Before Passover: Think Positive

It was the great thinker and philosopher, Yogi Berra, who once said: “It’s tough to make predictions – especially about the future.

Yogi is right! Predications, especially about the future, are not easy to predict. But one thing I can tell you: it’s our responsibility as citizens of the world to continuously hope for a better future. Our world is filled with prophets of doom and they are especially to be found in the Jewish world where many who should know better see a dark cloud for the future of American Jewry, European Jewry and the Jews of Israel. The danger is that all of these can turn into self-fulfilling prophecies.

I have learned that coming into Passover many of you feel depressed. Some feel angry with the world. Many are unemployed and too many are seeking someone to love of find someone to love them. My thoughts are with those who have health problems.When down in the dumps I turn to black Holocaust humor and say to myself, that at least I am not in Auschwitz. This has gotten me through many difficult periods. If you are depressed please seek help. This is not the past when people were ashamed to ask for help. Finding one true friend is almost as difficult as the splitting of the Red Sea. If you have a loving spouse, thank G-d. If you are divorced or single go on JDate or any reputable site. Do not sit at home alone. Take a class or join a group of volunteers. I share this to let you know that you are not alone and there are many people out there in the same situation. If you know of jobs call one who does not. If you can not find a job, consider starting your own business.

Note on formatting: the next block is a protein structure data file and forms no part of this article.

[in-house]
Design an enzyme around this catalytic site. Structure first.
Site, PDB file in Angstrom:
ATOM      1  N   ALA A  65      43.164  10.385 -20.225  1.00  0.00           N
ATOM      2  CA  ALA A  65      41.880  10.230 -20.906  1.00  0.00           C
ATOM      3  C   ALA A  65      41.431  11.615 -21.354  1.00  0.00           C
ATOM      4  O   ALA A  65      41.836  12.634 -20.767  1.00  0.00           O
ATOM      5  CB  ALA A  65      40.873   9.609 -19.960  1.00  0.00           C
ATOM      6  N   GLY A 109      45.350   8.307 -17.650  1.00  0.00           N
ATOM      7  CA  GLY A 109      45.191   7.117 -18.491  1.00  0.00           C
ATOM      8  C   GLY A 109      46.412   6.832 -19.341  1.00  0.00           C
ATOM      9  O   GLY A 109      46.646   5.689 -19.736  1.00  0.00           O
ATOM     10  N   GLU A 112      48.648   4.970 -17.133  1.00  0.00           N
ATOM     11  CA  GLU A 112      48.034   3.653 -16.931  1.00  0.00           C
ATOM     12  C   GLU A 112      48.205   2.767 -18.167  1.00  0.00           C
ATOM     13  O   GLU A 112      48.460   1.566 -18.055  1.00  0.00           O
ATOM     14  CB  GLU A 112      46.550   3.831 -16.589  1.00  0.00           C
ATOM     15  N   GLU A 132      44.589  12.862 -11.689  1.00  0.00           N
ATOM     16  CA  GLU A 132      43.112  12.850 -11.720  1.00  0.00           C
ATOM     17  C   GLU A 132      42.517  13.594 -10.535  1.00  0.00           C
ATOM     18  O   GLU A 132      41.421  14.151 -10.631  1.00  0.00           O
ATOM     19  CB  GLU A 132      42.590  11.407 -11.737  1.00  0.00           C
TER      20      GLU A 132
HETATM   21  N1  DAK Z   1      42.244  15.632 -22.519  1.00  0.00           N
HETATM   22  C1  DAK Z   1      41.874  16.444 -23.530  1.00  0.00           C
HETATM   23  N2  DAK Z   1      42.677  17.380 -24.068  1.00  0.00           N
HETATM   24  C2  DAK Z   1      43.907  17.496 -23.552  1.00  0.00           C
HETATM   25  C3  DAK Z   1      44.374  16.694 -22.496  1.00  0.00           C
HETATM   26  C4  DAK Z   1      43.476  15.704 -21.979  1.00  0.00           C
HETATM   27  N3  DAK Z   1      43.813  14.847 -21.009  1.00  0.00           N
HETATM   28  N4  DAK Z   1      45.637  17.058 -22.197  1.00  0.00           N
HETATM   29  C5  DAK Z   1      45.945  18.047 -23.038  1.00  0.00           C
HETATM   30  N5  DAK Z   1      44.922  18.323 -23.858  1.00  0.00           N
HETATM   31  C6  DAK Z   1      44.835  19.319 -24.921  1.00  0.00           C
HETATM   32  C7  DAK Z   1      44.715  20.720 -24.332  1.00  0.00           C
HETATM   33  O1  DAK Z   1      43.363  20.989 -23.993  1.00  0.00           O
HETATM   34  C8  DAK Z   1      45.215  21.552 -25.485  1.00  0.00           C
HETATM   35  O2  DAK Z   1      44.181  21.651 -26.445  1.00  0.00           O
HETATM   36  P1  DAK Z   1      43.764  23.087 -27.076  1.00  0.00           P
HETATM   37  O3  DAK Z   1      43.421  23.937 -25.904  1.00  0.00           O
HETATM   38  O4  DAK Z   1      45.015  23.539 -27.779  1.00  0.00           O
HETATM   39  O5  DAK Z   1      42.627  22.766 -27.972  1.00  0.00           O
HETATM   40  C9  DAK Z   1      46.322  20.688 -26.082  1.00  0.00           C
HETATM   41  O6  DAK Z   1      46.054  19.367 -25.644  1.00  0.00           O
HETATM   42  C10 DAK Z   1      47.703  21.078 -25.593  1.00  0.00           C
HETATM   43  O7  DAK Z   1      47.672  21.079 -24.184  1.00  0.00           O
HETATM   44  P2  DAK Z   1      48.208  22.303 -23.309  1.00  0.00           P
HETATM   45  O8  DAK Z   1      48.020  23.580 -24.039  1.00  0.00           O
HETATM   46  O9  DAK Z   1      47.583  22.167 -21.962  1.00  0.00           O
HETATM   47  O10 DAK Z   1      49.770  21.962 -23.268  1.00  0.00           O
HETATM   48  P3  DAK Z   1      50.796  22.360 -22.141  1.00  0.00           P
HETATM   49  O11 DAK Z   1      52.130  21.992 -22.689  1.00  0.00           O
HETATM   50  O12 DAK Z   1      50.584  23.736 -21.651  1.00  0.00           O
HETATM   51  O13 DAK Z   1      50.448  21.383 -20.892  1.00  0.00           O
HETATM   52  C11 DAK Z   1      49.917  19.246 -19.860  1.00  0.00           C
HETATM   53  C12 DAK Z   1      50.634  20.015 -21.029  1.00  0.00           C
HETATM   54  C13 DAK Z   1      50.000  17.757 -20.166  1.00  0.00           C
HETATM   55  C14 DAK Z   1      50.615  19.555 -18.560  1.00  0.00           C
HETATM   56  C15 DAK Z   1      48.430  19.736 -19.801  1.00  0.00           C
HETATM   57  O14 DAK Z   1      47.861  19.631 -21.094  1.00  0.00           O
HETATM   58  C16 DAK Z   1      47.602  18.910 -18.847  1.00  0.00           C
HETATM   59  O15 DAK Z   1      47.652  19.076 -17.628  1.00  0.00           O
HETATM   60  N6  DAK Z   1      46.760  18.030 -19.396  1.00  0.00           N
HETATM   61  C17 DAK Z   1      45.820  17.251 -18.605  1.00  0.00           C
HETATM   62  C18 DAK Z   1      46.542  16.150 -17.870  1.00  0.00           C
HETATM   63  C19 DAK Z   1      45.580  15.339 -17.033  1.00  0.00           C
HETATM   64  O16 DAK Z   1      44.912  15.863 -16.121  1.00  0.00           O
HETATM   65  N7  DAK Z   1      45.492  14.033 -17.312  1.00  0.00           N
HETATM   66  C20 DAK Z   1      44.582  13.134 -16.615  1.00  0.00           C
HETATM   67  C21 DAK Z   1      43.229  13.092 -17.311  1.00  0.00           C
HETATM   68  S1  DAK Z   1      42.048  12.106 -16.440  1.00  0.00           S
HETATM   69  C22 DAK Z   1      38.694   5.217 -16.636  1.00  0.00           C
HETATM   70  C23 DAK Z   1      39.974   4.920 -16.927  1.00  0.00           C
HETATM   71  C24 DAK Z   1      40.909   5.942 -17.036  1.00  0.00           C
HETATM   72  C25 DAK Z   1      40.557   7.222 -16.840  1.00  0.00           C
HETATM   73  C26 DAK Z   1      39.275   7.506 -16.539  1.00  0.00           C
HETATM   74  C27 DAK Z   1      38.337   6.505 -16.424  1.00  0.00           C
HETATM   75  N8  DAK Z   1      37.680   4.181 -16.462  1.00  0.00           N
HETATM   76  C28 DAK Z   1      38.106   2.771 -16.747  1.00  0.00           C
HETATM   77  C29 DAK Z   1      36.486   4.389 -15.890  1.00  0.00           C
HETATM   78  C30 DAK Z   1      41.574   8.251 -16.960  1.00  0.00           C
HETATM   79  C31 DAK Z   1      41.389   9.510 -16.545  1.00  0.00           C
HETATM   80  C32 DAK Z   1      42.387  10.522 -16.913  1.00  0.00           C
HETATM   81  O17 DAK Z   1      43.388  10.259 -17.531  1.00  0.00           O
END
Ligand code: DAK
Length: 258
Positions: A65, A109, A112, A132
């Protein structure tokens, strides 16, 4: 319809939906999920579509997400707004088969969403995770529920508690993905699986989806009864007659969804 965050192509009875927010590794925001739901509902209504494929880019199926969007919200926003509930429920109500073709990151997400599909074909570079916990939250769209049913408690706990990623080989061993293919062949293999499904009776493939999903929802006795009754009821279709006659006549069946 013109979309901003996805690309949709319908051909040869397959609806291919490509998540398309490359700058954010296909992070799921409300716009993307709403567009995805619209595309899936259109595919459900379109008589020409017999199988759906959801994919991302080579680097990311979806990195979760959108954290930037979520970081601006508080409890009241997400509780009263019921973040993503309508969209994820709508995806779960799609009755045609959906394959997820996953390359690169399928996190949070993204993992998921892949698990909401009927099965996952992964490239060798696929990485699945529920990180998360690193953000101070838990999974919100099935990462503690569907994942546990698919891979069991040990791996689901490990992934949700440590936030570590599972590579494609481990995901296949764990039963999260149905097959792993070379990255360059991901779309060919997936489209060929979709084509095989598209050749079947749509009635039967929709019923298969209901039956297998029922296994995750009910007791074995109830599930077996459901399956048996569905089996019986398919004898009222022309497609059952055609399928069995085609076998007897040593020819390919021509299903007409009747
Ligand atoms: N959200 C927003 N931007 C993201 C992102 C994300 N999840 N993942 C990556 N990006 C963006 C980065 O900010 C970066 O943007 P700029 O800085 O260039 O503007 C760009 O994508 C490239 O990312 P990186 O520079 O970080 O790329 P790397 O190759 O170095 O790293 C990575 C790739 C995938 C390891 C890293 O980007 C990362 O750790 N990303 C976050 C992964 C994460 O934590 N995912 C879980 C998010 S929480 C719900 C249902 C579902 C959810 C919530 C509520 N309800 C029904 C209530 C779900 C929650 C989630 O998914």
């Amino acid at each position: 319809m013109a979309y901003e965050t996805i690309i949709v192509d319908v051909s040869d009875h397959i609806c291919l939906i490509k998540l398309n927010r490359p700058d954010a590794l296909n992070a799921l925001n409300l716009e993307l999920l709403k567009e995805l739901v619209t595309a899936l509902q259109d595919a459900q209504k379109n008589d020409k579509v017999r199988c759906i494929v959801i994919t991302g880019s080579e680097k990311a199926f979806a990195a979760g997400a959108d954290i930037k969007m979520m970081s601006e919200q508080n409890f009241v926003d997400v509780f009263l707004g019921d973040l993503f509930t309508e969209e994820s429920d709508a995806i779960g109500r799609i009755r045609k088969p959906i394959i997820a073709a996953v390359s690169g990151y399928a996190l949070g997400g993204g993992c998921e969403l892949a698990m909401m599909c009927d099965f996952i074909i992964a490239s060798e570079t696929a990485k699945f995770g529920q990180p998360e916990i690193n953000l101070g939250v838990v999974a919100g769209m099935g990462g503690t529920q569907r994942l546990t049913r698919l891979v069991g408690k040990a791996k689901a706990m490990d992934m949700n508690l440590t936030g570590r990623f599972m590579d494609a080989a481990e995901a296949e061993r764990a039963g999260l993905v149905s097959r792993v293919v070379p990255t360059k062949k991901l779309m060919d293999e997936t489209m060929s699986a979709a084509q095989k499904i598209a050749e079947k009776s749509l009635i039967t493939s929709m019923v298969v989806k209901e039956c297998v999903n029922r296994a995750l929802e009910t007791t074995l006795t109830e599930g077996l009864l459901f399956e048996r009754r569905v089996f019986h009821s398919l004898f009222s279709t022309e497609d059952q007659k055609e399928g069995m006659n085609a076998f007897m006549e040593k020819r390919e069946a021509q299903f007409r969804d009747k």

I wish you and your families a wonderful Passover.

Rabbi Dr. Bernhard Rosenberg

About the Author
Rabbi Dr. Bernhard H. Rosenberg, rabbi emeritus of Congregation Beth-El, Edison, New Jersey received his ordination and doctorate of Education from Yeshiva University in New York. He also possesses A.A., B.A., M.A., and M.S. degrees in communication and education. He possesses a Doctor of Divinity from the Jewish Theological Seminary, New York. He taught at Rutgers University in New Jersey and Yeshiva University in New York. His books include: “Theological and Halachic Reflections on the Holocaust,” “Contemplating the Holocaust,” “The Holocaust as Seen Through Film,” and "Echoes of the Holocaust."
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